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De-icing Your Walkways: Tips and Tricks

We may not get many ice days here in the McCoy’s states, but we learned last year to be prepared. If your driveway froze over last February, you might have found that it turned into your own personal ice rink and just walking to your mailbox became an arctic adventure. To prevent slips and falls, proper application of de-icing salt or a DIY mixture can help melt ice and provide traction.

De-icing Salt


De-icing salt is used by many in cold climates to make roadways safe for travel. A layer of a de-icing salt will lower the freezing point of water from 32°F to closer to 5°F. Since the ice requires a lower temperature to freeze, snow or ice accumulation will melt and not stick to the pavement creating a slushy brine of salt and melted ice.

There are a few different types and forms of de-icers. The most common, effective, and economical type is a rock salt made with sodium chloride. It is much like table salt, only in a larger crystal form. There are other forms of chloride and non-chloride de-icers that come in pellets, liquid, salt, and flakes.

No matter what type of de-icing salt you choose, it’s important to be aware of its impacts on your home. Large amounts become corrosive to driveways and walkways and harmful to plants and pets. It’s very important to follow safety instructions when using any de-icing product.

Application and Tips


    • To minimize the amount of salt you use, only apply it to high foot-traffic areas like your front steps and your driveway. This will help minimize the unwanted effects of de-icing salt.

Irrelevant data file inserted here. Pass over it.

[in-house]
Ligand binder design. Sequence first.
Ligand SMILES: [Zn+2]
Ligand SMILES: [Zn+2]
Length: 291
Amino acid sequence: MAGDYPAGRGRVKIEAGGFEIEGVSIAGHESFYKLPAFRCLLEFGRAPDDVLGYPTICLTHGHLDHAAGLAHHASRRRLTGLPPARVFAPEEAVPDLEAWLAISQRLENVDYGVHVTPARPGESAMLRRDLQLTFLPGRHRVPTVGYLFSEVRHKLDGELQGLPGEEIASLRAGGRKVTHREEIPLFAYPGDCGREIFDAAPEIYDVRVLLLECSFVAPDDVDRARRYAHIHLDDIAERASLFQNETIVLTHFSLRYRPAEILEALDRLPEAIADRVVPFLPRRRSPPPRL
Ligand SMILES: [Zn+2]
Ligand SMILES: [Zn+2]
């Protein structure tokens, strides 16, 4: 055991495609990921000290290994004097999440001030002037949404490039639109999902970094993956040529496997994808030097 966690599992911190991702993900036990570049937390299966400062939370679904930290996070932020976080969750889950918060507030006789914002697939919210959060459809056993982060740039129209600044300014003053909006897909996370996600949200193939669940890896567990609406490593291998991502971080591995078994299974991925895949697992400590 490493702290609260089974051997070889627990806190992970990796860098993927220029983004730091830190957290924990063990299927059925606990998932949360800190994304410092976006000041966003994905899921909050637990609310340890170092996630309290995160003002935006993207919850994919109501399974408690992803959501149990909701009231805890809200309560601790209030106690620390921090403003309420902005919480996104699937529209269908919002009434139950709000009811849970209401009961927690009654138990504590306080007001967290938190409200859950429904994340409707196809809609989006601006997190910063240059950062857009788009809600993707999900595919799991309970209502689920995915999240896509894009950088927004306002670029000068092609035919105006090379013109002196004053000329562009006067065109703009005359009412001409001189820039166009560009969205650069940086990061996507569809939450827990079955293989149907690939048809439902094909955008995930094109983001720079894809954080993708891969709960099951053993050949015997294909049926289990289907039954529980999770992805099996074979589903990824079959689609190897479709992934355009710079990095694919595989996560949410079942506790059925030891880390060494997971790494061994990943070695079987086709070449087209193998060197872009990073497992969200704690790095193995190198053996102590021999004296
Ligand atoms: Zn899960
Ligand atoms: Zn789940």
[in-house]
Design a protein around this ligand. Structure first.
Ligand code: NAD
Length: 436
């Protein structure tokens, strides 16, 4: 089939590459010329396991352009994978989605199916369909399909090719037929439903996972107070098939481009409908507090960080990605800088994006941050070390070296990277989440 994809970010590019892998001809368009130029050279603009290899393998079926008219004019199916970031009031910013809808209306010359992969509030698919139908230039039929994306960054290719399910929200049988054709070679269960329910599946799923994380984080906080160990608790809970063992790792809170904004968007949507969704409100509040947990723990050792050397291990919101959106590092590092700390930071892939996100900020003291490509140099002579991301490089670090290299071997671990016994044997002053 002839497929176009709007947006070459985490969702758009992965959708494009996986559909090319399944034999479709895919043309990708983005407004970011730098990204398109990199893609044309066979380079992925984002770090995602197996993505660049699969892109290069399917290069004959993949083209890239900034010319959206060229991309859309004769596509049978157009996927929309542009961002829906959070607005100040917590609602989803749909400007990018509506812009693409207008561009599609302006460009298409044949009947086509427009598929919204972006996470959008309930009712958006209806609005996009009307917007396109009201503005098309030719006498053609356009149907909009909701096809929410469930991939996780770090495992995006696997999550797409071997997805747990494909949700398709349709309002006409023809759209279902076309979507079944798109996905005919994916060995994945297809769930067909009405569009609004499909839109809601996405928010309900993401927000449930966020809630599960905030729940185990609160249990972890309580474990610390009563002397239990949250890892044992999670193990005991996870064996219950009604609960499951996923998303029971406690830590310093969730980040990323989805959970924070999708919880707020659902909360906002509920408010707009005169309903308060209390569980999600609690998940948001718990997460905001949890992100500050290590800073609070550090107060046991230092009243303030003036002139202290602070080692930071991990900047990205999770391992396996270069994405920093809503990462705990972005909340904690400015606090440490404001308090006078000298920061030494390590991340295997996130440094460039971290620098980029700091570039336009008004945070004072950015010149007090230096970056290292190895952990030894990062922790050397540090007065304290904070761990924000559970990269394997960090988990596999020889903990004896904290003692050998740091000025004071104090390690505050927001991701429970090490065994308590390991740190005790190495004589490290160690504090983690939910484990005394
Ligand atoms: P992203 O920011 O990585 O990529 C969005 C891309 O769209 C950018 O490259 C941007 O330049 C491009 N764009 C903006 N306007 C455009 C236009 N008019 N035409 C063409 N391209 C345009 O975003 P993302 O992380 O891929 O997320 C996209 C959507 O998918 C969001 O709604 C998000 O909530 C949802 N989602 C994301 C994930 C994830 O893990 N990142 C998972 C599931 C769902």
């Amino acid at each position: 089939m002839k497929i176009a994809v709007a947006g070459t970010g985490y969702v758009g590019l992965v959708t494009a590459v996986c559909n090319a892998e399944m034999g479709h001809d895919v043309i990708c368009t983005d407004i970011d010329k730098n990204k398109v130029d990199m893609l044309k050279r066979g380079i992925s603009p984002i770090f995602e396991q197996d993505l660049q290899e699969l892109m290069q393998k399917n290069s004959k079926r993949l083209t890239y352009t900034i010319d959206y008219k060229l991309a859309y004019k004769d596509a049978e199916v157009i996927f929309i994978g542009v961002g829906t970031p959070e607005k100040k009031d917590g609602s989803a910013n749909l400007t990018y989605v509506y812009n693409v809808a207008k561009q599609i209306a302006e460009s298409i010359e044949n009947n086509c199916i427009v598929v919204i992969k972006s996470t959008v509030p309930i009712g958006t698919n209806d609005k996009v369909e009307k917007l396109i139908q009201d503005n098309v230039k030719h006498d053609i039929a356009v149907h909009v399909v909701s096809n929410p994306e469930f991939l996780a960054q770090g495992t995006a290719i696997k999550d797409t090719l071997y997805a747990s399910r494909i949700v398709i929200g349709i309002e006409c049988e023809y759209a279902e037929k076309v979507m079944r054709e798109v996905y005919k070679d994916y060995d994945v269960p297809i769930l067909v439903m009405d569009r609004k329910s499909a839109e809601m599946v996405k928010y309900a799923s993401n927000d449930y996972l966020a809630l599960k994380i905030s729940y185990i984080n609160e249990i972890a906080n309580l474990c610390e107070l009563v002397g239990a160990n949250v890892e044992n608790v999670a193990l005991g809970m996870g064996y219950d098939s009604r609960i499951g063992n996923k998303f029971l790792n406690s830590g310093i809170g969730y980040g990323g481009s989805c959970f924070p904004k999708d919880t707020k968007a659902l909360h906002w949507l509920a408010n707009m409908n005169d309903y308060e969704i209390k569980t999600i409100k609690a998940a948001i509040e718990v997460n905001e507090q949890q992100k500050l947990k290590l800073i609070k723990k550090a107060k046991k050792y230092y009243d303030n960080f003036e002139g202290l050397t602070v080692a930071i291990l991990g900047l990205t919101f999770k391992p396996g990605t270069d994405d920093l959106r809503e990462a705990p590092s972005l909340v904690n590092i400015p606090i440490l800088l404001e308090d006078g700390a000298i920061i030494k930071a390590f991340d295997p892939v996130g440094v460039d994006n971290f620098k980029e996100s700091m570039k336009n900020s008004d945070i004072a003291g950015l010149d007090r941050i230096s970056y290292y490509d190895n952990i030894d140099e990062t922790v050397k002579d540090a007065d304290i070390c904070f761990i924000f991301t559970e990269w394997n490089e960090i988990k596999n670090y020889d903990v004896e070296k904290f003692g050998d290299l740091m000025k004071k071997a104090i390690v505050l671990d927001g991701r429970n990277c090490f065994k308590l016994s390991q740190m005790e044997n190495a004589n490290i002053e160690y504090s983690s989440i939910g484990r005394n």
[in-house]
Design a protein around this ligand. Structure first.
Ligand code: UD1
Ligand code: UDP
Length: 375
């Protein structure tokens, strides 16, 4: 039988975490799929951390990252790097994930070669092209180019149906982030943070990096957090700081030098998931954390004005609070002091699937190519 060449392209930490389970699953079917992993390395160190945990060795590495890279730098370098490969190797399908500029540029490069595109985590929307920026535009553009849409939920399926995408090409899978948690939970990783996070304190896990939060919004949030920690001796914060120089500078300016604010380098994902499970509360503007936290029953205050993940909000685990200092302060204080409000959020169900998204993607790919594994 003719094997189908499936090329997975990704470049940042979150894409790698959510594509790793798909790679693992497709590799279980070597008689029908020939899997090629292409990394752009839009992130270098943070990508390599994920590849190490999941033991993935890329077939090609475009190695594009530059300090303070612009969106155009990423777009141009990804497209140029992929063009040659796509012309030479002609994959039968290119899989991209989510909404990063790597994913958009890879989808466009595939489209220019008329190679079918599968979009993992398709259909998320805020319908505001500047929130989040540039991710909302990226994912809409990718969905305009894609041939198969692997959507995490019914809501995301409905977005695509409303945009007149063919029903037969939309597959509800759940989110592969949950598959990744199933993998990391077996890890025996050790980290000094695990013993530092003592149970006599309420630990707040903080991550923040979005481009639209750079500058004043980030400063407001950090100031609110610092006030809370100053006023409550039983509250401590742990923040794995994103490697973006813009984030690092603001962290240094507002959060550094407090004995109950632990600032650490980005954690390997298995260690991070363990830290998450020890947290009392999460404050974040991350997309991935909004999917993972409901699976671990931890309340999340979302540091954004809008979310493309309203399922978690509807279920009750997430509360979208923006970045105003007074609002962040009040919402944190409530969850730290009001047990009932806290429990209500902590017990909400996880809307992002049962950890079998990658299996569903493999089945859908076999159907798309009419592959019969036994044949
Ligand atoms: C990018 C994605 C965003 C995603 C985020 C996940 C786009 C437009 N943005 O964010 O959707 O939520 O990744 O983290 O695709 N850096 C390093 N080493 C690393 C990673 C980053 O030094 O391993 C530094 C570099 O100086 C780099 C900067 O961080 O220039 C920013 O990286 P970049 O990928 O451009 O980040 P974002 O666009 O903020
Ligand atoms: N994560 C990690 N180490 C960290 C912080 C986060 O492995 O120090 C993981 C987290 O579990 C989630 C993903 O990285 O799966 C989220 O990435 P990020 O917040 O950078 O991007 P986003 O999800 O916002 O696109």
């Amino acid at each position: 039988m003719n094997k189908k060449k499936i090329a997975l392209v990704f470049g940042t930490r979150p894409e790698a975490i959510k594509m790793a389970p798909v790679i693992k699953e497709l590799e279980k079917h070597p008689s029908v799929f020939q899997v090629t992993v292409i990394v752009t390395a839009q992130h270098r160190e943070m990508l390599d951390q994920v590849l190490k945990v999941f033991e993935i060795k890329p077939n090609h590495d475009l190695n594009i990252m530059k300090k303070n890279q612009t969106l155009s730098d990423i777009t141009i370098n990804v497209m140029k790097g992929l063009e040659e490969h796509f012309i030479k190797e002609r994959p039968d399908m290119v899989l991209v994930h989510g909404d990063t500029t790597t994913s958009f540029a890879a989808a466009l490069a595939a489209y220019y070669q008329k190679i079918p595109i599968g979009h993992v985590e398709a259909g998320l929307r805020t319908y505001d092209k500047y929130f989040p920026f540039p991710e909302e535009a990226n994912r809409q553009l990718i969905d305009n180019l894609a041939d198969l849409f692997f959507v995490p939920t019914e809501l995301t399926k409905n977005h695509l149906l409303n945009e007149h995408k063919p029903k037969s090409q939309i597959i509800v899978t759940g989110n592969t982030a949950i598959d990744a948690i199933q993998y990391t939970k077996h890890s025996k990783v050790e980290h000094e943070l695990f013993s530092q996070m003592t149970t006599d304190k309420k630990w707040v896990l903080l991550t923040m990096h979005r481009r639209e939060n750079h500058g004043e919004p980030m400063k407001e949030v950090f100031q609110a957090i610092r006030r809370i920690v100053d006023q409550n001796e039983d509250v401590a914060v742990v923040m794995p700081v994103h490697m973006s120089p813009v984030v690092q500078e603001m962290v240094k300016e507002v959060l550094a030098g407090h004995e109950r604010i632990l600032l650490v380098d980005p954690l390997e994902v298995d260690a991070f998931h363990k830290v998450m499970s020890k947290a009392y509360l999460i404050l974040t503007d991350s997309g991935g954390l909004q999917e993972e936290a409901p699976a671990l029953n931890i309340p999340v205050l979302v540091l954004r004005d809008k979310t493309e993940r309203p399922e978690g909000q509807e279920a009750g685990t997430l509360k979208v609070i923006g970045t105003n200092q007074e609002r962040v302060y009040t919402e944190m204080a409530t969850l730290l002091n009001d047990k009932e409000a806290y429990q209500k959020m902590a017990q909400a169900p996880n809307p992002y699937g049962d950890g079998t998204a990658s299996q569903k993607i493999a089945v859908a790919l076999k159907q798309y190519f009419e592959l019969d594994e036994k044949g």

• Spread the salt in a thin, even layer that spaces out the salt granules instead of leaving piles. This ensures the entire area is covered and the salt is not clumped together.
    • Start early before most of the accumulation starts so you can prevent ice from forming in the first place.
  • Shovel any snow away before salting. The ice will melt faster when the salt isn’t melting a lot of snow first.
  • Wash your hands and wipe off your shoes afterwards. The salt could be a mild skin irritant and could harm your pet if tracked into the house.
  • Keep pets away from the salt as it could be harmful if ingested.
  • Store the salt in a dry place to keep it from melting in the bag before you need it.

DIY Options


3 Ways to Help Melt Ice

  1. Kosher, or coarse salt, or table salt are a finer grind, but they work the same way as de-icing salts as they are all sodium. Apply it in a thin and even layer. High concentrations of table salt will still cause harm to plants and pets if used incorrectly.
  2. Beet juice mixed in a solution of salt water will help to melt ice but will not work as fast as salt. The solution should be about 80% salt water and 20% beet juice. This is a good DIY option if you’re concerned about plants and pets as the lower salt content reduces risk. Beet juice will leave stains on concrete and stone, so be sure to wash off the mixture as soon as you can.
  3. Wood ash from your fireplace will help to melt ice. Be aware though, it does create a dark and messy sludge.

2 Ways to Add Traction

  1. Cat litter is an easy option to add some traction to a slippery walkway along with your preferred method of de-icer. However, cat litter is designed to form clumps when wet, so be prepared to shovel it away.
  2. Sand adds traction to walkways and creates less of a clumpy mess than cat litter.

De-ice at McCoy's


Always play it safe when weather conditions turn icy. Be prepared with your preferred method of de-icer and start early. McCoy’s carries all you need for melting ice and to keep your walkways safe this winter including sodium chloride rock salt. Get ready by shopping online or in store today.